"You've made international news," Ashley Bishop wrote on the city's Facebook page. "As a fellow Minnesotan, living overseas, shame on you! What kind of mayor allows such hate to worship in his town! Be better. The people of Murdock need to band together and stop these people from brainwashing innocent minds. …"

Facebook user Nick Meldahl wrote on the city's Facebook page that First Amendment rights aren't absolute. He thinks city officials would have been within their rights to reject the application for a conditional use permit.

Outgoing Councilwoman Stephanie Hoff agrees. She cast the lone dissenting vote, telling NBC that she believes the city could have proven municipal harm.

"I know that we have the legality standpoint, and I personally felt we had a chance to fight it. I think we could have fought it had we went to court," she told the network. "I felt that we had a case with the emotional and mental well being of the city of Murdock."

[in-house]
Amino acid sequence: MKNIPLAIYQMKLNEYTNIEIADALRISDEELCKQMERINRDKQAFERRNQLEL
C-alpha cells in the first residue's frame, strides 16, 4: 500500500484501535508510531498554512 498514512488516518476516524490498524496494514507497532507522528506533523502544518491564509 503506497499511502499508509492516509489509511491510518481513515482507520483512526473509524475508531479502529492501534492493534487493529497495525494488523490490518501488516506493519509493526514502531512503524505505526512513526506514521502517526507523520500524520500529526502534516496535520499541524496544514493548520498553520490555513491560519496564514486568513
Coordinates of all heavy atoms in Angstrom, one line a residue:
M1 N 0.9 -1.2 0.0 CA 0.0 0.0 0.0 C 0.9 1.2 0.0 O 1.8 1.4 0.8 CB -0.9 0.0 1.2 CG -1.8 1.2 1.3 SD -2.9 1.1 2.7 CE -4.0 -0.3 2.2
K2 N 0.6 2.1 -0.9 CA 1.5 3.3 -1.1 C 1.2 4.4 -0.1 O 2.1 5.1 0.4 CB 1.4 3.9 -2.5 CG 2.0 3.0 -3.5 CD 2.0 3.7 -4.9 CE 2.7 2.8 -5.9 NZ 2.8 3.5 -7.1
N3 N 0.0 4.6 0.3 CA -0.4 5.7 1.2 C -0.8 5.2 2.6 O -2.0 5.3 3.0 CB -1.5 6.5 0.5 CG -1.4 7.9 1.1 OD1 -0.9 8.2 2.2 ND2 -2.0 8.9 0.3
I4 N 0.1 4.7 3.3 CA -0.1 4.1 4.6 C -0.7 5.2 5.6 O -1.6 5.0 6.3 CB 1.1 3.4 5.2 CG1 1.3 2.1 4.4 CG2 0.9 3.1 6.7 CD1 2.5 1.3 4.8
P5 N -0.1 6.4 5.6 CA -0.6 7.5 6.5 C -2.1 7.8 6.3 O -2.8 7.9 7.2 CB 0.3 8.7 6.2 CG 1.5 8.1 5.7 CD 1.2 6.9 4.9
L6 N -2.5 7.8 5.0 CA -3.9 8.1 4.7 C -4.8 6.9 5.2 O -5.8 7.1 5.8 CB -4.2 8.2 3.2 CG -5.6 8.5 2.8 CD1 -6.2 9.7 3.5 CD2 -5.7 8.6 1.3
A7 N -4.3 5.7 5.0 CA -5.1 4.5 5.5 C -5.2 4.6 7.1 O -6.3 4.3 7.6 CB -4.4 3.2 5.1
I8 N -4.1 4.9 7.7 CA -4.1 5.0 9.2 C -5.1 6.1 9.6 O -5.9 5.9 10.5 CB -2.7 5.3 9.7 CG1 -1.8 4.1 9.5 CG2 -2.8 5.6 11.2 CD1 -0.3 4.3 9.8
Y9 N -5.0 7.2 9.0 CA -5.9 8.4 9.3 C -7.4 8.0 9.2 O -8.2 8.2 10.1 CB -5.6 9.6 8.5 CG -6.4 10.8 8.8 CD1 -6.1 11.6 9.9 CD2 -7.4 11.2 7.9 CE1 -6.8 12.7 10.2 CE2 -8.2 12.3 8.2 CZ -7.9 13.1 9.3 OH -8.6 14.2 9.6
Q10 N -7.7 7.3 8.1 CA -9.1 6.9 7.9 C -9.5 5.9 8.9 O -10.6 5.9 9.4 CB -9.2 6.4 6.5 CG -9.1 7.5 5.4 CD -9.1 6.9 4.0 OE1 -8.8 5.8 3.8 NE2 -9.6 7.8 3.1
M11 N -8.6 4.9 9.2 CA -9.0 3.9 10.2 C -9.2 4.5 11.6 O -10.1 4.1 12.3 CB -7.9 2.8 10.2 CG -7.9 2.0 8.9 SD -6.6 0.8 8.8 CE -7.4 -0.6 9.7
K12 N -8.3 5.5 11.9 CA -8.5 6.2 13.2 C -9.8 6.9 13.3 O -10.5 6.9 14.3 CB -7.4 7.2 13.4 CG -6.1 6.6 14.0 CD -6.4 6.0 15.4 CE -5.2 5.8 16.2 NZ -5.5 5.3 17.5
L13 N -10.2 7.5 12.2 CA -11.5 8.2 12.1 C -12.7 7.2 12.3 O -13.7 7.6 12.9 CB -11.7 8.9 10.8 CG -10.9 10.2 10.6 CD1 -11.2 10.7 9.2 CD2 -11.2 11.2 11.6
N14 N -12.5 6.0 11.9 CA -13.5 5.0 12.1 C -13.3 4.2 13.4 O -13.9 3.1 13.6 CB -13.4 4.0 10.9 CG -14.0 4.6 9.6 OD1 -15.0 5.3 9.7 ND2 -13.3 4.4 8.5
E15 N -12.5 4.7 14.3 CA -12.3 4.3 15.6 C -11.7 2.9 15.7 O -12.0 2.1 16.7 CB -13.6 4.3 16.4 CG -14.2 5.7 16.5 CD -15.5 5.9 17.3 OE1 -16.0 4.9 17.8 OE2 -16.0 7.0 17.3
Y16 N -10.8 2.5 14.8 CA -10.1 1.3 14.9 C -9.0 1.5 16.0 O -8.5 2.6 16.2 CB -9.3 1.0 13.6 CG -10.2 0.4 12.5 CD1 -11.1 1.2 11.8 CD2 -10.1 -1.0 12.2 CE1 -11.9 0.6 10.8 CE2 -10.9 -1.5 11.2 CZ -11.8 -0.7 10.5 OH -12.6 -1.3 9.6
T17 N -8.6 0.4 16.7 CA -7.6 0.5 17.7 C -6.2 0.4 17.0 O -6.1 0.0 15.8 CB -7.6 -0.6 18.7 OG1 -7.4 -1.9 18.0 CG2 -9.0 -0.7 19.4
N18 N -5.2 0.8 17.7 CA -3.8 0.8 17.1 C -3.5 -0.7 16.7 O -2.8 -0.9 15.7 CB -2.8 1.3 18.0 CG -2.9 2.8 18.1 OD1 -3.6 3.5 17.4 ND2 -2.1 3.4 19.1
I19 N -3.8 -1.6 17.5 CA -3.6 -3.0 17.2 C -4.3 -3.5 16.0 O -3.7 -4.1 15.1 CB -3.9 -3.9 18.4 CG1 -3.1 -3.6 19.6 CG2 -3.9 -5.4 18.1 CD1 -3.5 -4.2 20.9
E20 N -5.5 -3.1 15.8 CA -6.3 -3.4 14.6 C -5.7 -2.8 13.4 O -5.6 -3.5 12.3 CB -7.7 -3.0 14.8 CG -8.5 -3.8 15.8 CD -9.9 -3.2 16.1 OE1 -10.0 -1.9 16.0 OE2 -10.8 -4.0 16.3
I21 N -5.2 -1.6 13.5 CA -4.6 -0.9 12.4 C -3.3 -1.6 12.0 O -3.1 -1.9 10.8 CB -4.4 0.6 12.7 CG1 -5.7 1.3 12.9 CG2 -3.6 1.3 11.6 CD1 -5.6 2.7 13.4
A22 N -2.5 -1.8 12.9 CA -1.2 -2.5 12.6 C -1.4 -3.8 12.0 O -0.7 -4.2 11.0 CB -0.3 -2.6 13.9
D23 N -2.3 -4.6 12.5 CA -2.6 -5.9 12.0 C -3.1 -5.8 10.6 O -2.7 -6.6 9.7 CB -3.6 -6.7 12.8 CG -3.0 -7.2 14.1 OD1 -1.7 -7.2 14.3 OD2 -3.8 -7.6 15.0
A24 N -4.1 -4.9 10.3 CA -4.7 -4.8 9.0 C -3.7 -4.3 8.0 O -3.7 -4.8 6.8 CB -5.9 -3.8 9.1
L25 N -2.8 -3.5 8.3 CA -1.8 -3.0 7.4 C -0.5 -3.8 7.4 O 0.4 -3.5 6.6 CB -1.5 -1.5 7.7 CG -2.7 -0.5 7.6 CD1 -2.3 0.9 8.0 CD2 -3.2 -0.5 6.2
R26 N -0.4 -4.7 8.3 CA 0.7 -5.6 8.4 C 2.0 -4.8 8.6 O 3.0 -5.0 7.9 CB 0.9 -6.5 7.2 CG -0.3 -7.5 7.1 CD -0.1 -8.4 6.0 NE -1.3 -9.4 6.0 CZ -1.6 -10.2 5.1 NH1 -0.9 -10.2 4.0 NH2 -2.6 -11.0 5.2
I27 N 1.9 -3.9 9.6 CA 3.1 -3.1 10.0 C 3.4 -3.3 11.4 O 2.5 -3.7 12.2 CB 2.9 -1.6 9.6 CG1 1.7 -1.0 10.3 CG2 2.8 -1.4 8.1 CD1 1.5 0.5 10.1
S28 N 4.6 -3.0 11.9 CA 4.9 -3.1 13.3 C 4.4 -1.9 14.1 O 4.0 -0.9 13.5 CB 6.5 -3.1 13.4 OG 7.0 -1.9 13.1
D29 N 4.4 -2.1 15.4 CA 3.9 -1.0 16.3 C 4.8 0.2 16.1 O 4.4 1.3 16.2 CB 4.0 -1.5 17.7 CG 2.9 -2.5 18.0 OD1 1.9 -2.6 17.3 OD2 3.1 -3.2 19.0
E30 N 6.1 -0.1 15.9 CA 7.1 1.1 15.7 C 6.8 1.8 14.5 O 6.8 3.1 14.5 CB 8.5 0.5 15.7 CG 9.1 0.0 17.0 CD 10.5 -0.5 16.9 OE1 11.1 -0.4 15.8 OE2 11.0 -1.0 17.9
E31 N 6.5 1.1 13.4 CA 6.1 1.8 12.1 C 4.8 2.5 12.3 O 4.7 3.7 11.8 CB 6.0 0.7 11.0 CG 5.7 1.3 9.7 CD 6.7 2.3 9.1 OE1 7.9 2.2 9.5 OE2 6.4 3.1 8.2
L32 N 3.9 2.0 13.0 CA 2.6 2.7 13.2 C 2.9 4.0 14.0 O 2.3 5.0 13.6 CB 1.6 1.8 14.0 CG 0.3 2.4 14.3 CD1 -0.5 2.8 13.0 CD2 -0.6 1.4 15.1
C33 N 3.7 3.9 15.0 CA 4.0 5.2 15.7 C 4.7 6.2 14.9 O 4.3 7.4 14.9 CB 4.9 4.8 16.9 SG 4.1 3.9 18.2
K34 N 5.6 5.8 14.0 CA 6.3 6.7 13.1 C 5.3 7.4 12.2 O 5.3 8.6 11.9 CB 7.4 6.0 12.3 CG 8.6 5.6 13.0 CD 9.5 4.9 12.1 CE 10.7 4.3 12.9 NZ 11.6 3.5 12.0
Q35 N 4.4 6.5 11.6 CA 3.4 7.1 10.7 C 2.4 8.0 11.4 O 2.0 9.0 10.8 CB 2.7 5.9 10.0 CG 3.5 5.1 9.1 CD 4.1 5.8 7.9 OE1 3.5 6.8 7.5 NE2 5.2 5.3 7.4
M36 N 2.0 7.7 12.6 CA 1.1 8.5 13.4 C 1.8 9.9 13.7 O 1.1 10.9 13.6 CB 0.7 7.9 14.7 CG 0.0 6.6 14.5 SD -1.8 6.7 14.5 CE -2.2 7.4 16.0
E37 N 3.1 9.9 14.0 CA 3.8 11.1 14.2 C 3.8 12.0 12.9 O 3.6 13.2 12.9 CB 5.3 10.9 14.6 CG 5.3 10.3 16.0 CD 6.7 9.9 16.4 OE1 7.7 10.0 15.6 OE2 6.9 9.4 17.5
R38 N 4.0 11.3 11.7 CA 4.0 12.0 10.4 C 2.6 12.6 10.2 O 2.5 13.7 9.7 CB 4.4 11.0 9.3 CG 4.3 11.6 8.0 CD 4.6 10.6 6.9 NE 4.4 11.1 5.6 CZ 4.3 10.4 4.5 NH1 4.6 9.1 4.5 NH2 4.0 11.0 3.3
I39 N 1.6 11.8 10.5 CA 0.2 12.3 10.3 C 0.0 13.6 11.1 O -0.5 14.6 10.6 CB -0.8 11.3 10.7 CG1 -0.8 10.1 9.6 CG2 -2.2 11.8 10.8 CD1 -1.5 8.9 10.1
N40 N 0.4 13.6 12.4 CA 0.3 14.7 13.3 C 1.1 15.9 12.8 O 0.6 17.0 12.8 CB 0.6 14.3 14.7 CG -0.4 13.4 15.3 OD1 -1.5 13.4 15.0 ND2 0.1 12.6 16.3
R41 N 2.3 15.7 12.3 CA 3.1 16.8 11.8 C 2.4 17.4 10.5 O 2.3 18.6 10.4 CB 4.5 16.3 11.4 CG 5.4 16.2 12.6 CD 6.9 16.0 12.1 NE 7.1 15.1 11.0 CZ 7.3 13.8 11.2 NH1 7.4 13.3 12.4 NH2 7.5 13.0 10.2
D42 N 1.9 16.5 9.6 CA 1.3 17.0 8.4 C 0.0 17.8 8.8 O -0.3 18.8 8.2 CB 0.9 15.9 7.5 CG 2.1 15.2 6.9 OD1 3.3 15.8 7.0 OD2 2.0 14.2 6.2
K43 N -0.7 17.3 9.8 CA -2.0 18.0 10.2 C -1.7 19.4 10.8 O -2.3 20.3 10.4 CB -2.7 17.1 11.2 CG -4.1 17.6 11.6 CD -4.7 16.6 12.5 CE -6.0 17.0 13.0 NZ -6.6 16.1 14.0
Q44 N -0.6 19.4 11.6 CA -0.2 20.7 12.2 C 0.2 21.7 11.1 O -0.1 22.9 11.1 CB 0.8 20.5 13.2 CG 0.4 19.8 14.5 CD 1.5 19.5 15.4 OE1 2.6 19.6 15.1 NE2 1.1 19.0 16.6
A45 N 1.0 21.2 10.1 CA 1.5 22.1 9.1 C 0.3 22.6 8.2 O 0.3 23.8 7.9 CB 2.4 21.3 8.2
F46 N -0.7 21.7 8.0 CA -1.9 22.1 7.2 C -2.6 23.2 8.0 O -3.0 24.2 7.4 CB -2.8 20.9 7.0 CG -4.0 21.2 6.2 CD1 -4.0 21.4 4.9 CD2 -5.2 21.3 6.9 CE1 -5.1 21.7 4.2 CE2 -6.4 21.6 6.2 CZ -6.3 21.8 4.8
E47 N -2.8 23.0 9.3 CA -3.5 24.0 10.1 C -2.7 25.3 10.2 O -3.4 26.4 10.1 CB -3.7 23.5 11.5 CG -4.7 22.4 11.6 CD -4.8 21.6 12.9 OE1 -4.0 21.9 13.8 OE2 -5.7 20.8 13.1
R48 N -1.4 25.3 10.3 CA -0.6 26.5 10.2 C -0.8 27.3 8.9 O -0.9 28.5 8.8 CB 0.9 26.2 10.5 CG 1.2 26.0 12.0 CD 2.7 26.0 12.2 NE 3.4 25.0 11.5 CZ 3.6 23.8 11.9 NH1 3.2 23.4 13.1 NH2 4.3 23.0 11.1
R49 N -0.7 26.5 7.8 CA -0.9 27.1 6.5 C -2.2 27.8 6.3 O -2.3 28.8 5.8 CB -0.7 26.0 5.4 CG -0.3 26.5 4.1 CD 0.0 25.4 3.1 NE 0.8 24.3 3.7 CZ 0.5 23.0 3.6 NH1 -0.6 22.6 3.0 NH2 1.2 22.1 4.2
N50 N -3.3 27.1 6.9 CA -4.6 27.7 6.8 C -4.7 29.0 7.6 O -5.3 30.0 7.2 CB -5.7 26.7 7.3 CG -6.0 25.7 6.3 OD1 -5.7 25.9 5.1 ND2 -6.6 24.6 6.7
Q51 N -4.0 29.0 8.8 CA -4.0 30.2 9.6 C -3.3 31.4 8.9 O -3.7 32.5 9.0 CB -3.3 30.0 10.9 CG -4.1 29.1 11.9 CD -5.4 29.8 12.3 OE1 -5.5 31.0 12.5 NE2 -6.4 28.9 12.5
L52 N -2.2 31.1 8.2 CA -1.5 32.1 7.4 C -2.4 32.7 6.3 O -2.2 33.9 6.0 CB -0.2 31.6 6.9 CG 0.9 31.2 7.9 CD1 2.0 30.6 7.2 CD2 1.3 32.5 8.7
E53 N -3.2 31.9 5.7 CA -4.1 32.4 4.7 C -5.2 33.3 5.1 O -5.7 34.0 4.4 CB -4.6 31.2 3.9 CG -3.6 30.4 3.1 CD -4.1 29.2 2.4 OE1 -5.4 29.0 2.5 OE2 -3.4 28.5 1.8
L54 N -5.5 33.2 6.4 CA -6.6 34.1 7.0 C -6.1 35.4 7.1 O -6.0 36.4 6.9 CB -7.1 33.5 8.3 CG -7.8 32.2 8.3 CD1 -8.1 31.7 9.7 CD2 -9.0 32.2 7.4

Several prominent lawyers told NBC the council that instead of focusing the debate on the federal Religious Land Use and institutionalized Persons Act and the First Amendment, the city council could have used its own zoning laws to stop it.

"They could have said the whole area has become residential, we don't want churches in a residential area because it's incompatible with our comprehensive plan," David Schultz, a constitutional law professor at the University of Minnesota, told NBC.

Under Minnesota law focused on forbidding racial discrimination in property transactions, the city also may have been able to prevent the private sale of the property because the group "proposes to exclude people on account of race," Laurence H. Tribe, a constitutional law professor at Harvard University, told NBC.

The Southern Poverty Law Center says Asatru Folk Assembly has groups in 22 U.S. states: Alaska, California, Colorado, Florida, Georgia, Idaho, Indiana, Kentucky, Massachusetts, Missouri, Minnesota, North Carolina, North Dakota, Ohio, Oregon, Pennsylvania, South Carolina, Tennessee, Texas, Utah, Virginia and Washington.